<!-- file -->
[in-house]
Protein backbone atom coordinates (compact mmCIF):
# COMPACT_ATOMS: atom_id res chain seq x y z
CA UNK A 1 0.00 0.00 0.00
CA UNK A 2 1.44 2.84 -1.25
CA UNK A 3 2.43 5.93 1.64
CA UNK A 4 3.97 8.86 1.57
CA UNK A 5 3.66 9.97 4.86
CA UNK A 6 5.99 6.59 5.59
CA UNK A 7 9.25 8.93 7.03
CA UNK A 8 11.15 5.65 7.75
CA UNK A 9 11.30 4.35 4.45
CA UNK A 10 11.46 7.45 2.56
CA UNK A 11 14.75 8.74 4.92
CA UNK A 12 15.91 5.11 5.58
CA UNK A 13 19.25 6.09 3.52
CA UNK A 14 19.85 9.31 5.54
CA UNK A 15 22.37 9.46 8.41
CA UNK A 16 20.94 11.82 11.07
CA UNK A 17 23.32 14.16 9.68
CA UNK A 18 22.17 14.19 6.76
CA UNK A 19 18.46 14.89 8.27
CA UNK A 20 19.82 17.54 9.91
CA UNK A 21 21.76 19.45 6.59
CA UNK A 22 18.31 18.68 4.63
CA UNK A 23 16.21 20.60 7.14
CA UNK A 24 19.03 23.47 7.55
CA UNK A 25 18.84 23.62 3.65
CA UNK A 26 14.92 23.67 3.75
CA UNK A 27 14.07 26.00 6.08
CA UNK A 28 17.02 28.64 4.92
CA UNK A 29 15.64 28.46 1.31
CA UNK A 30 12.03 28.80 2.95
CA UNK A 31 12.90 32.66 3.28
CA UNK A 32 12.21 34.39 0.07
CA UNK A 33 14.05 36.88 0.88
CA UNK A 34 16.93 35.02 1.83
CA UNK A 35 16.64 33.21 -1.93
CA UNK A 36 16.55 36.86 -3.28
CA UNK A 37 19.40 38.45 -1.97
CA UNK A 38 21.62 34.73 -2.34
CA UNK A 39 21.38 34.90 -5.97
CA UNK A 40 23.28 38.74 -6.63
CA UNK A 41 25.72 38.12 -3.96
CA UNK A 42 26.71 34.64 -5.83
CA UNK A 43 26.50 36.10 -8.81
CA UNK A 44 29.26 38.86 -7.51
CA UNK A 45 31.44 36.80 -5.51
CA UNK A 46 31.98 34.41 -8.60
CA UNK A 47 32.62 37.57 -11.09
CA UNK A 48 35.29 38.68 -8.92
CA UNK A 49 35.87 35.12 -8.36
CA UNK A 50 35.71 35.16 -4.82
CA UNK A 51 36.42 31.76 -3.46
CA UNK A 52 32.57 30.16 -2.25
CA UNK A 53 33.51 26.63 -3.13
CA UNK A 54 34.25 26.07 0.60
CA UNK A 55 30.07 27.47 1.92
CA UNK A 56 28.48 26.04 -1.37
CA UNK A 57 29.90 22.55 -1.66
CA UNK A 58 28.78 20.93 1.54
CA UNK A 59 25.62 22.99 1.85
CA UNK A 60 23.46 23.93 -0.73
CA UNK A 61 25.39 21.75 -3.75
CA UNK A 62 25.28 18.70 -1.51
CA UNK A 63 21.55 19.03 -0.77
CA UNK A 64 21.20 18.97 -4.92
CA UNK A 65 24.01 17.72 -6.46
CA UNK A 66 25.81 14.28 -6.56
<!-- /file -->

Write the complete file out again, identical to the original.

[in-house]
Protein backbone atom coordinates (compact mmCIF):
# COMPACT_ATOMS: atom_id res chain seq x y z
CA UNK A 1 0.00 0.00 0.00
CA UNK A 2 1.44 2.84 -1.25
CA UNK A 3 2.43 5.93 1.64
CA UNK A 4 3.97 8.86 1.57
CA UNK A 5 3.66 9.97 4.86
CA UNK A 6 5.99 6.59 5.59
CA UNK A 7 9.25 8.93 7.03
CA UNK A 8 11.15 5.65 7.75
CA UNK A 9 11.30 4.35 4.45
CA UNK A 10 11.46 7.45 2.56
CA UNK A 11 14.75 8.74 4.92
CA UNK A 12 15.91 5.11 5.58
CA UNK A 13 19.25 6.09 3.52
CA UNK A 14 19.85 9.31 5.54
CA UNK A 15 22.37 9.46 8.41
CA UNK A 16 20.94 11.82 11.07
CA UNK A 17 23.32 14.16 9.68
CA UNK A 18 22.17 14.19 6.76
CA UNK A 19 18.46 14.89 8.27
CA UNK A 20 19.82 17.54 9.91
CA UNK A 21 21.76 19.45 6.59
CA UNK A 22 18.31 18.68 4.63
CA UNK A 23 16.21 20.60 7.14
CA UNK A 24 19.03 23.47 7.55
CA UNK A 25 18.84 23.62 3.65
CA UNK A 26 14.92 23.67 3.75
CA UNK A 27 14.07 26.00 6.08
CA UNK A 28 17.02 28.64 4.92
CA UNK A 29 15.64 28.46 1.31
CA UNK A 30 12.03 28.80 2.95
CA UNK A 31 12.90 32.66 3.28
CA UNK A 32 12.21 34.39 0.07
CA UNK A 33 14.05 36.88 0.88
CA UNK A 34 16.93 35.02 1.83
CA UNK A 35 16.64 33.21 -1.93
CA UNK A 36 16.55 36.86 -3.28
CA UNK A 37 19.40 38.45 -1.97
CA UNK A 38 21.62 34.73 -2.34
CA UNK A 39 21.38 34.90 -5.97
CA UNK A 40 23.28 38.74 -6.63
CA UNK A 41 25.72 38.12 -3.96
CA UNK A 42 26.71 34.64 -5.83
CA UNK A 43 26.50 36.10 -8.81
CA UNK A 44 29.26 38.86 -7.51
CA UNK A 45 31.44 36.80 -5.51
CA UNK A 46 31.98 34.41 -8.60
CA UNK A 47 32.62 37.57 -11.09
CA UNK A 48 35.29 38.68 -8.92
CA UNK A 49 35.87 35.12 -8.36
CA UNK A 50 35.71 35.16 -4.82
CA UNK A 51 36.42 31.76 -3.46
CA UNK A 52 32.57 30.16 -2.25
CA UNK A 53 33.51 26.63 -3.13
CA UNK A 54 34.25 26.07 0.60
CA UNK A 55 30.07 27.47 1.92
CA UNK A 56 28.48 26.04 -1.37
CA UNK A 57 29.90 22.55 -1.66
CA UNK A 58 28.78 20.93 1.54
CA UNK A 59 25.62 22.99 1.85
CA UNK A 60 23.46 23.93 -0.73
CA UNK A 61 25.39 21.75 -3.75
CA UNK A 62 25.28 18.70 -1.51
CA UNK A 63 21.55 19.03 -0.77
CA UNK A 64 21.20 18.97 -4.92
CA UNK A 65 24.01 17.72 -6.46
CA UNK A 66 25.81 14.28 -6.56